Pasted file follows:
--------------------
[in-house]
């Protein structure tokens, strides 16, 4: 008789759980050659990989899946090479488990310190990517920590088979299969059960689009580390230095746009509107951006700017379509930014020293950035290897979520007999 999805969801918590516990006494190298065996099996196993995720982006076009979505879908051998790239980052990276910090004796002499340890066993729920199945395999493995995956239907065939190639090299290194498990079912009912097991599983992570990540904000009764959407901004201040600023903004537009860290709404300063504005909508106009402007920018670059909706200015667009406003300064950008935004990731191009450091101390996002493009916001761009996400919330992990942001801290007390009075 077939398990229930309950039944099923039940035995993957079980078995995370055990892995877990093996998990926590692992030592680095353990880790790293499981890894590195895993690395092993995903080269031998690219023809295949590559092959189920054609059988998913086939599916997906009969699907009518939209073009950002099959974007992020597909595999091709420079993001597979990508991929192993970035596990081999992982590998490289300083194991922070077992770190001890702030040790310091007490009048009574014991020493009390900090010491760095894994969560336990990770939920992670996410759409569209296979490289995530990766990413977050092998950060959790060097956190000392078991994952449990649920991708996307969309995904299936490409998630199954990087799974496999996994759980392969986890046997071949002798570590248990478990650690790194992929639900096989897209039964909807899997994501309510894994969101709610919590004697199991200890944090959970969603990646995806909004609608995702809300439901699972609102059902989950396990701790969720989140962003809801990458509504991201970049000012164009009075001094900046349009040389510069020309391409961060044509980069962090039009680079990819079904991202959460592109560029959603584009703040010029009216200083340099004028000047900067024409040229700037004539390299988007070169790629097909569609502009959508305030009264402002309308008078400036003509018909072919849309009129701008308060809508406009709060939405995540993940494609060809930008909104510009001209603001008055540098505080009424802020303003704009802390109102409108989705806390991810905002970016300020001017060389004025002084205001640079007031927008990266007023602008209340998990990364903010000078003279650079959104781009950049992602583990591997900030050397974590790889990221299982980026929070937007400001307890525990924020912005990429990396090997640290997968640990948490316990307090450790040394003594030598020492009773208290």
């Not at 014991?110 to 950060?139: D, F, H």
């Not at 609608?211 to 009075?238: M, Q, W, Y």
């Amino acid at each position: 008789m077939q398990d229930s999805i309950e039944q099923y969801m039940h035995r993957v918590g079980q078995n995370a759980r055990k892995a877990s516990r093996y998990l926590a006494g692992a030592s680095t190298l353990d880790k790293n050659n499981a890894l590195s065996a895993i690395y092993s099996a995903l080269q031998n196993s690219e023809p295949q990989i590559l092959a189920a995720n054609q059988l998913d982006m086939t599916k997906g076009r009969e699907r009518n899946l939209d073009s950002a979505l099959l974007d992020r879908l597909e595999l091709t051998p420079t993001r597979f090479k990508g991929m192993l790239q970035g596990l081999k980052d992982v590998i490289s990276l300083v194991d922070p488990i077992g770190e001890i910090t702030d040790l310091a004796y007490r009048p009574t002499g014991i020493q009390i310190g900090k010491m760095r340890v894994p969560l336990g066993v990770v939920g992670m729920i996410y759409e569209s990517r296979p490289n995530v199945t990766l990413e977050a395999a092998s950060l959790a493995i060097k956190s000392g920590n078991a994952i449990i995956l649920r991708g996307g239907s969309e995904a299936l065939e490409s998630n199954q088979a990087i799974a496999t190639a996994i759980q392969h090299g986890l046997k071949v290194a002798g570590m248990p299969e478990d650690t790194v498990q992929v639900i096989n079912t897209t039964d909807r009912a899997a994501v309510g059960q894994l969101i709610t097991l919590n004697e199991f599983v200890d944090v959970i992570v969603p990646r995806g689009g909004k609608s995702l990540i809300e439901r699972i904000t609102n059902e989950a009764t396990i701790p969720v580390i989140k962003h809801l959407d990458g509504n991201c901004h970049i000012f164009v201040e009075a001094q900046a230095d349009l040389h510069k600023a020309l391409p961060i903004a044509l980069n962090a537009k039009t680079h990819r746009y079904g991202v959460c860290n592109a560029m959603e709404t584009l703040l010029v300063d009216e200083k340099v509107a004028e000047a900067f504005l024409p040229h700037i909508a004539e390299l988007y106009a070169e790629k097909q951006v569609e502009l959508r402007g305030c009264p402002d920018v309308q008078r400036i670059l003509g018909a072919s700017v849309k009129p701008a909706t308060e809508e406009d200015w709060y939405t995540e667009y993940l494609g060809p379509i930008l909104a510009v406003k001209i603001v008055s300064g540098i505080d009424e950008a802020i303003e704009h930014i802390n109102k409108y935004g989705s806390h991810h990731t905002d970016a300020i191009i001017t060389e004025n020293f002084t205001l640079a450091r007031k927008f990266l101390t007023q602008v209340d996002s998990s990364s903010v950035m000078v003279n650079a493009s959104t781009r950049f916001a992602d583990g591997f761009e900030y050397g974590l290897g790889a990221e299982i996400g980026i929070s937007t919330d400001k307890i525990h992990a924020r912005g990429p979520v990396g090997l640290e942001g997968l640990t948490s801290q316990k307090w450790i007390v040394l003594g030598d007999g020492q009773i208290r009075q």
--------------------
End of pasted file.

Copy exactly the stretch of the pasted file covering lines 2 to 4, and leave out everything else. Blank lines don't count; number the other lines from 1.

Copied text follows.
């Protein structure tokens, strides 16, 4: 008789759980050659990989899946090479488990310190990517920590088979299969059960689009580390230095746009509107951006700017379509930014020293950035290897979520007999 999805969801918590516990006494190298065996099996196993995720982006076009979505879908051998790239980052990276910090004796002499340890066993729920199945395999493995995956239907065939190639090299290194498990079912009912097991599983992570990540904000009764959407901004201040600023903004537009860290709404300063504005909508106009402007920018670059909706200015667009406003300064950008935004990731191009450091101390996002493009916001761009996400919330992990942001801290007390009075 077939398990229930309950039944099923039940035995993957079980078995995370055990892995877990093996998990926590692992030592680095353990880790790293499981890894590195895993690395092993995903080269031998690219023809295949590559092959189920054609059988998913086939599916997906009969699907009518939209073009950002099959974007992020597909595999091709420079993001597979990508991929192993970035596990081999992982590998490289300083194991922070077992770190001890702030040790310091007490009048009574014991020493009390900090010491760095894994969560336990990770939920992670996410759409569209296979490289995530990766990413977050092998950060959790060097956190000392078991994952449990649920991708996307969309995904299936490409998630199954990087799974496999996994759980392969986890046997071949002798570590248990478990650690790194992929639900096989897209039964909807899997994501309510894994969101709610919590004697199991200890944090959970969603990646995806909004609608995702809300439901699972609102059902989950396990701790969720989140962003809801990458509504991201970049000012164009009075001094900046349009040389510069020309391409961060044509980069962090039009680079990819079904991202959460592109560029959603584009703040010029009216200083340099004028000047900067024409040229700037004539390299988007070169790629097909569609502009959508305030009264402002309308008078400036003509018909072919849309009129701008308060809508406009709060939405995540993940494609060809930008909104510009001209603001008055540098505080009424802020303003704009802390109102409108989705806390991810905002970016300020001017060389004025002084205001640079007031927008990266007023602008209340998990990364903010000078003279650079959104781009950049992602583990591997900030050397974590790889990221299982980026929070937007400001307890525990924020912005990429990396090997640290997968640990948490316990307090450790040394003594030598020492009773208290």
């Not at 014991?110 to 950060?139: D, F, H």
């Not at 609608?211 to 009075?238: M, Q, W, Y």